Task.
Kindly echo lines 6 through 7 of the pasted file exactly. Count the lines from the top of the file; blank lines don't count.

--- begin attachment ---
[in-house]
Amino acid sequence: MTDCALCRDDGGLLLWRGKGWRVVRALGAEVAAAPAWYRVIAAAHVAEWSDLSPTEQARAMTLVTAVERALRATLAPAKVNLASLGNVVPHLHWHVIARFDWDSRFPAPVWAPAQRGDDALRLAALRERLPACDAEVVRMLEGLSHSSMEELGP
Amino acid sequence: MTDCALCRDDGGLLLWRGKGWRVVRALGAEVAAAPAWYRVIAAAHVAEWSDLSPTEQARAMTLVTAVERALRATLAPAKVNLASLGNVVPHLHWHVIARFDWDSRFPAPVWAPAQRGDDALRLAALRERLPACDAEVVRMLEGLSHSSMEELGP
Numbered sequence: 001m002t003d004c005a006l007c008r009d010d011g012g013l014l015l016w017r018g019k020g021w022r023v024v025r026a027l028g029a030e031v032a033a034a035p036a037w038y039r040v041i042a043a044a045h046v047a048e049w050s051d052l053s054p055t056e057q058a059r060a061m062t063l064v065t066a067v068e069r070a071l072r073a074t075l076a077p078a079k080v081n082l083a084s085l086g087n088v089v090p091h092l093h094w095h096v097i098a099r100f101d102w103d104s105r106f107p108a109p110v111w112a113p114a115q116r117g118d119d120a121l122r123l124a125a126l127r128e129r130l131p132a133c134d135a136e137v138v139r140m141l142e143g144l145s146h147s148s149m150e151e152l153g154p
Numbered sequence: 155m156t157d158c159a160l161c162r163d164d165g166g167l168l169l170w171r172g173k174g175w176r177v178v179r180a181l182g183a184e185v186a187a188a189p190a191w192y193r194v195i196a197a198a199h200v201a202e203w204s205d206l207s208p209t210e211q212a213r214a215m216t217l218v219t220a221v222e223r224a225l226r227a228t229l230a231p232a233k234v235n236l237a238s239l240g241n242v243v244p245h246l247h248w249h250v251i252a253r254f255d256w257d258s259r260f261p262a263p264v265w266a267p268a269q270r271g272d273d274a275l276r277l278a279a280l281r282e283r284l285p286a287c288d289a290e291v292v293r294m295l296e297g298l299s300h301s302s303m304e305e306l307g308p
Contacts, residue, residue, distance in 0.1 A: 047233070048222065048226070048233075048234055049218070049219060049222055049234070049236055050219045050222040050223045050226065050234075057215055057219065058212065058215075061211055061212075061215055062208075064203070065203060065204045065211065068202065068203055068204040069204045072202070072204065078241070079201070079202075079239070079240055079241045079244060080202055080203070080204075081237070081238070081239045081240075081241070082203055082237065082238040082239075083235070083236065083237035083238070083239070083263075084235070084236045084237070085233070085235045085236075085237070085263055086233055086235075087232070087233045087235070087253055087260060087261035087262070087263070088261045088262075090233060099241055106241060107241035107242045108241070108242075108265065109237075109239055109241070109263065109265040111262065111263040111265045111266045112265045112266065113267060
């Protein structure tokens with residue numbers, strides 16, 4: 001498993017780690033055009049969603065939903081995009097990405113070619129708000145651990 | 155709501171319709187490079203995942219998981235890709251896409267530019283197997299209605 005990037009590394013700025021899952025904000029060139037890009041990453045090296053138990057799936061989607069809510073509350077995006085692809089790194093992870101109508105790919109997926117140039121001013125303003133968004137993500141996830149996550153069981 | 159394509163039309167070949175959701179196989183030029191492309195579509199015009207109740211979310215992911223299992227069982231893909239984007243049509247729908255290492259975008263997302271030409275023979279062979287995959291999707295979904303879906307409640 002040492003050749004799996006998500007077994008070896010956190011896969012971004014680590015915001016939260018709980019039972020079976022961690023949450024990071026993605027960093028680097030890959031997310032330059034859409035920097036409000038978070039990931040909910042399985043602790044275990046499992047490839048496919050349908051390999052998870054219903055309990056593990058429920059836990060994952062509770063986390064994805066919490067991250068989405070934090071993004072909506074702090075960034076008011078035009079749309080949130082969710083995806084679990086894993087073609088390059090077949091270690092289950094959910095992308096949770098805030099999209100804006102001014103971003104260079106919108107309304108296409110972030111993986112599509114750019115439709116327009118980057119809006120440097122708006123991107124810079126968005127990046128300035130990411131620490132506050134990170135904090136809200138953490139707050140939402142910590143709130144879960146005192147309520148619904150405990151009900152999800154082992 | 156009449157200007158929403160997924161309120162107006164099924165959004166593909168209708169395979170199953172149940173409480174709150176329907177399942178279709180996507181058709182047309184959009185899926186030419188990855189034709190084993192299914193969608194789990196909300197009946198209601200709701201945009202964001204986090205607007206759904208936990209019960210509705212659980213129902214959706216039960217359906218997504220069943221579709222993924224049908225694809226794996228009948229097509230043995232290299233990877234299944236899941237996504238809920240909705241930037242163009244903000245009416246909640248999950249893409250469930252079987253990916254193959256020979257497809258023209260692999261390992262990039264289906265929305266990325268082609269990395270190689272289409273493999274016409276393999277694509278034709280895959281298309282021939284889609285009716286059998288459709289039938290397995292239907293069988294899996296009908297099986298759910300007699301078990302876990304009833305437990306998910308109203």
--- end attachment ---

Contacts, residue, residue, distance in 0.1 A: 047233070048222065048226070048233075048234055049218070049219060049222055049234070049236055050219045050222040050223045050226065050234075057215055057219065058212065058215075061211055061212075061215055062208075064203070065203060065204045065211065068202065068203055068204040069204045072202070072204065078241070079201070079202075079239070079240055079241045079244060080202055080203070080204075081237070081238070081239045081240075081241070082203055082237065082238040082239075083235070083236065083237035083238070083239070083263075084235070084236045084237070085233070085235045085236075085237070085263055086233055086235075087232070087233045087235070087253055087260060087261035087262070087263070088261045088262075090233060099241055106241060107241035107242045108241070108242075108265065109237075109239055109241070109263065109265040111262065111263040111265045111266045112265045112266065113267060
């Protein structure tokens with residue numbers, strides 16, 4: 001498993017780690033055009049969603065939903081995009097990405113070619129708000145651990 | 155709501171319709187490079203995942219998981235890709251896409267530019283197997299209605 005990037009590394013700025021899952025904000029060139037890009041990453045090296053138990057799936061989607069809510073509350077995006085692809089790194093992870101109508105790919109997926117140039121001013125303003133968004137993500141996830149996550153069981 | 159394509163039309167070949175959701179196989183030029191492309195579509199015009207109740211979310215992911223299992227069982231893909239984007243049509247729908255290492259975008263997302271030409275023979279062979287995959291999707295979904303879906307409640 002040492003050749004799996006998500007077994008070896010956190011896969012971004014680590015915001016939260018709980019039972020079976022961690023949450024990071026993605027960093028680097030890959031997310032330059034859409035920097036409000038978070039990931040909910042399985043602790044275990046499992047490839048496919050349908051390999052998870054219903055309990056593990058429920059836990060994952062509770063986390064994805066919490067991250068989405070934090071993004072909506074702090075960034076008011078035009079749309080949130082969710083995806084679990086894993087073609088390059090077949091270690092289950094959910095992308096949770098805030099999209100804006102001014103971003104260079106919108107309304108296409110972030111993986112599509114750019115439709116327009118980057119809006120440097122708006123991107124810079126968005127990046128300035130990411131620490132506050134990170135904090136809200138953490139707050140939402142910590143709130144879960146005192147309520148619904150405990151009900152999800154082992 | 156009449157200007158929403160997924161309120162107006164099924165959004166593909168209708169395979170199953172149940173409480174709150176329907177399942178279709180996507181058709182047309184959009185899926186030419188990855189034709190084993192299914193969608194789990196909300197009946198209601200709701201945009202964001204986090205607007206759904208936990209019960210509705212659980213129902214959706216039960217359906218997504220069943221579709222993924224049908225694809226794996228009948229097509230043995232290299233990877234299944236899941237996504238809920240909705241930037242163009244903000245009416246909640248999950249893409250469930252079987253990916254193959256020979257497809258023209260692999261390992262990039264289906265929305266990325268082609269990395270190689272289409273493999274016409276393999277694509278034709280895959281298309282021939284889609285009716286059998288459709289039938290397995292239907293069988294899996296009908297099986298759910300007699301078990302876990304009833305437990306998910308109203």